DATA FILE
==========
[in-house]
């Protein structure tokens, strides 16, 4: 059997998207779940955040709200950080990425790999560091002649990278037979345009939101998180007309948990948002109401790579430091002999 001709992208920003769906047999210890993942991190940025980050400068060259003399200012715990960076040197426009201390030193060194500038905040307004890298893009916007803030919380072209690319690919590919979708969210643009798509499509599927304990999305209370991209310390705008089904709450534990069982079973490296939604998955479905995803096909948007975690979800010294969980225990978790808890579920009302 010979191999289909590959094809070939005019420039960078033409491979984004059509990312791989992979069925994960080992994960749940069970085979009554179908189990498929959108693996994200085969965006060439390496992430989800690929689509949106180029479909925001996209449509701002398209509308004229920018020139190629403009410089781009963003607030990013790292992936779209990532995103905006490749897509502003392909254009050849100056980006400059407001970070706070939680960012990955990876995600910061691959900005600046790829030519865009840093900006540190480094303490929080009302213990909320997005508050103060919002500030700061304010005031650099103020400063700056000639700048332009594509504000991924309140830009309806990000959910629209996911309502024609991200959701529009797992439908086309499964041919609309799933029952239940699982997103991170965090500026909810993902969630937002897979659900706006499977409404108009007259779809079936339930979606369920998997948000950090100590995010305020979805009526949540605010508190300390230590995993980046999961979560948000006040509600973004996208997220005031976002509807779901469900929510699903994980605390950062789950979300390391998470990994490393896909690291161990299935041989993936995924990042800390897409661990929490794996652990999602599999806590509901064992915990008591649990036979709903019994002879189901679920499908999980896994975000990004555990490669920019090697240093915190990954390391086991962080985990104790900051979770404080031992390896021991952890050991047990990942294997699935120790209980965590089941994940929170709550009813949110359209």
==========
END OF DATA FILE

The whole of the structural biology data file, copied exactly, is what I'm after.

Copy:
[in-house]
């Protein structure tokens, strides 16, 4: 059997998207779940955040709200950080990425790999560091002649990278037979345009939101998180007309948990948002109401790579430091002999 001709992208920003769906047999210890993942991190940025980050400068060259003399200012715990960076040197426009201390030193060194500038905040307004890298893009916007803030919380072209690319690919590919979708969210643009798509499509599927304990999305209370991209310390705008089904709450534990069982079973490296939604998955479905995803096909948007975690979800010294969980225990978790808890579920009302 010979191999289909590959094809070939005019420039960078033409491979984004059509990312791989992979069925994960080992994960749940069970085979009554179908189990498929959108693996994200085969965006060439390496992430989800690929689509949106180029479909925001996209449509701002398209509308004229920018020139190629403009410089781009963003607030990013790292992936779209990532995103905006490749897509502003392909254009050849100056980006400059407001970070706070939680960012990955990876995600910061691959900005600046790829030519865009840093900006540190480094303490929080009302213990909320997005508050103060919002500030700061304010005031650099103020400063700056000639700048332009594509504000991924309140830009309806990000959910629209996911309502024609991200959701529009797992439908086309499964041919609309799933029952239940699982997103991170965090500026909810993902969630937002897979659900706006499977409404108009007259779809079936339930979606369920998997948000950090100590995010305020979805009526949540605010508190300390230590995993980046999961979560948000006040509600973004996208997220005031976002509807779901469900929510699903994980605390950062789950979300390391998470990994490393896909690291161990299935041989993936995924990042800390897409661990929490794996652990999602599999806590509901064992915990008591649990036979709903019994002879189901679920499908999980896994975000990004555990490669920019090697240093915190990954390391086991962080985990104790900051979770404080031992390896021991952890050991047990990942294997699935120790209980965590089941994940929170709550009813949110359209």